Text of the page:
Anchored in the present, yet with a view to the longue durée, this study queries the role of simulacral spectacle, and its constitutive practices of recursive figuration, in animating scenes of political struggle in Indonesia, the Netherlands, and the enduring entanglements between. 

Centered on a massive, symbolically-charged project of hydro-engineering—designed for Indonesia by the Netherlands—this research examines a constellation of mediatized, theatrical "scenes" of social, ecological, and political contestation with roots in the colonial and authoritarian past. These scenes include: 

  1. the televised mass eviction of an urban village along Jakarta's flooded coast, sandwiched between a thirteenth-century port and the city's last remaining seventeenth-century VOC (Dutch East Indies Company) warehouses
  2. a polemical election crossed with a blasphemy trial, invoking nativist rhetorics of blood and soil, redolent of the racialized categorizations of the colonial order 
  3. the storming of an artificial island slated for luxury real estate by a flotilla of displaced fishers whose waters the new land usurped; 
  4. a viralized, eco-spiritual protest against a transnational cement company's evisceration of a sacred mountain range, wherein female farmers succeeded in seeking audience with the Indonesian president after transforming themselves into sculptural amalgams of woman-concrete-wood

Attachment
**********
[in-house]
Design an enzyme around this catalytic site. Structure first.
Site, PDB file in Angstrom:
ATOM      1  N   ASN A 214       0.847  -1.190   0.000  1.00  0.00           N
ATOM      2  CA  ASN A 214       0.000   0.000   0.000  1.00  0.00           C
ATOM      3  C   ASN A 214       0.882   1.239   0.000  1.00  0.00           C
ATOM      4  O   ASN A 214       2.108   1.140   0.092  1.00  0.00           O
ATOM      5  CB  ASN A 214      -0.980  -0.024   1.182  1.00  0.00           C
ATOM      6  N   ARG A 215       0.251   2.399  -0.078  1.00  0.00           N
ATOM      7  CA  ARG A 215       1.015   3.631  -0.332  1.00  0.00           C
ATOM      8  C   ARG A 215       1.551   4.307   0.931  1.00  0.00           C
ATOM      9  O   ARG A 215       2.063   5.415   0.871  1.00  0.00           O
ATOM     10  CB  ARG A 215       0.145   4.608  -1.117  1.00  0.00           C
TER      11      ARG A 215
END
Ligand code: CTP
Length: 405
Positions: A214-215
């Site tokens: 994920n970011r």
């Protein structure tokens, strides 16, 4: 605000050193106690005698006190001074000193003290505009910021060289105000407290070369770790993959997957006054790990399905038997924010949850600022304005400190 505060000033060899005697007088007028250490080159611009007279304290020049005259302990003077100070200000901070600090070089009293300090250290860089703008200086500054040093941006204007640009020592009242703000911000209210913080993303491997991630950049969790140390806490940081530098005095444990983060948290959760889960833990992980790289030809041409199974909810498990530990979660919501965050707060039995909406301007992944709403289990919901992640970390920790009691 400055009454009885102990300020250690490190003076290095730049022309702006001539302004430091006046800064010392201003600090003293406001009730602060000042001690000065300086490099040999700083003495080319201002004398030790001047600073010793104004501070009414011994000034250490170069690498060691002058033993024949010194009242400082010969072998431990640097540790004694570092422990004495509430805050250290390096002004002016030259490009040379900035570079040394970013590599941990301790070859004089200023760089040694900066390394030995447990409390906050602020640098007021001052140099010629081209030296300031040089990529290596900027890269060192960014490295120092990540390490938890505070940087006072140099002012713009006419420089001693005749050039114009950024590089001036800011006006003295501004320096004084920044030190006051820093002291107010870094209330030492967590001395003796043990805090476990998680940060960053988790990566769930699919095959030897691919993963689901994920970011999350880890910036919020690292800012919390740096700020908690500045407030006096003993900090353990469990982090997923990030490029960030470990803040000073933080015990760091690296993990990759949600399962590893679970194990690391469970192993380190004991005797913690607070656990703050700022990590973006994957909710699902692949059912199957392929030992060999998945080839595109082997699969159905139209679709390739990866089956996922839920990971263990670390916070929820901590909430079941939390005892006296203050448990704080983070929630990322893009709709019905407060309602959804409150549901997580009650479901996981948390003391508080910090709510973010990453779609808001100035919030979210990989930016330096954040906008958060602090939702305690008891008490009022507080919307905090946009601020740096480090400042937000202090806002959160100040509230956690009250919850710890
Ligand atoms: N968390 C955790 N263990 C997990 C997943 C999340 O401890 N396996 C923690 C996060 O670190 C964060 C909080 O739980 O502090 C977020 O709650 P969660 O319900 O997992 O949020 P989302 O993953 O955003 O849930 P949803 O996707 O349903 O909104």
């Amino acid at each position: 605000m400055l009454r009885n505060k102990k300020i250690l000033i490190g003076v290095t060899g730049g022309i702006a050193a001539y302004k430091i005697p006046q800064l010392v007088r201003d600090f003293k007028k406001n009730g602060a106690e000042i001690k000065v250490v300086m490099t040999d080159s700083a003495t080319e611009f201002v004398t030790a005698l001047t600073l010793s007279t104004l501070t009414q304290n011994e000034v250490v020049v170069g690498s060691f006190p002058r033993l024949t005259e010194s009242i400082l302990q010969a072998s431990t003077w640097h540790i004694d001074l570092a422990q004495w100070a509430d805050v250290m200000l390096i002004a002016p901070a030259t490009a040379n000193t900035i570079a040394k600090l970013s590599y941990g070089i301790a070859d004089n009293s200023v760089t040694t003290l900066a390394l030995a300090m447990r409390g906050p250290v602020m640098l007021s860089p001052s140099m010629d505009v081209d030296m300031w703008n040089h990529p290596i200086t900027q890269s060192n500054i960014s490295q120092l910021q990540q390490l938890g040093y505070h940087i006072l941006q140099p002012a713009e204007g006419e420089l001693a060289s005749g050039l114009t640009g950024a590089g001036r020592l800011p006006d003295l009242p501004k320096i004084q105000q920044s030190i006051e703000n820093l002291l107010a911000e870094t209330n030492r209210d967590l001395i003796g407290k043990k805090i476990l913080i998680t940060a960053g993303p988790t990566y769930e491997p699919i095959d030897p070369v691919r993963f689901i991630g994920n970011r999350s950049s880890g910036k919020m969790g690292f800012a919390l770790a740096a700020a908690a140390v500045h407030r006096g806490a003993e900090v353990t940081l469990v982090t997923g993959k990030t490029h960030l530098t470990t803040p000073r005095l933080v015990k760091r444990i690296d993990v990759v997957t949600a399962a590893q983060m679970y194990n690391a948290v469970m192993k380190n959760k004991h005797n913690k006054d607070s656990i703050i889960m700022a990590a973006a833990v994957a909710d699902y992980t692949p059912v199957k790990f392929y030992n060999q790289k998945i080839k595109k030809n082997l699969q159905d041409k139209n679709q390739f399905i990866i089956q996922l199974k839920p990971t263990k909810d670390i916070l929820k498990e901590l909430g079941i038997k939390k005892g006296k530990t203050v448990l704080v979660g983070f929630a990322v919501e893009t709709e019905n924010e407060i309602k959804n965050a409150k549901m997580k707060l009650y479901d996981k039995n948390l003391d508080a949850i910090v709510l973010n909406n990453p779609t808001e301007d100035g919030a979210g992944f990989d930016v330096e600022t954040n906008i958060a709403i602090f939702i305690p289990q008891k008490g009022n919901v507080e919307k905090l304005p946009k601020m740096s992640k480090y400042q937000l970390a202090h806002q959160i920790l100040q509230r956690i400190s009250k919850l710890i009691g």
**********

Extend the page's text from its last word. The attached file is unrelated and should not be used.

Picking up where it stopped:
5. a lurching, long-march protest from Bandung to Jakarta by workers laid-off from the state oil company who, riffing on scenes from 1980s horror films, dressed themselves up as zombies to dramatize the dire conditions of their former employ
  6. a double raid on the national legal aid institute aiming to silence the ostensible "ghosts" of Indonesia's anti-communist massacres of 1965-66, who would not stop singing of a rice-paddy water-weed 
  7. a quadrilingual lawsuit conducted via video link between a courthouse in Den Haag and a cafe in North Sulawesi, adjudicating Dutch violence during the Indonesian Revolution, some 70 years after the fact.

Through focus on the complex dramaturgy of each scene, I examine the ways in which the past presses on the present and the material fuses with the symbolic to uncanny, simulacral and spectral effect. Taken together, these scenes of chronotopic instability and materio-symbolic morass reveal the uncertain stakes of the nation as an iterative, contestational project ever in need of re(con)figuration and renewal.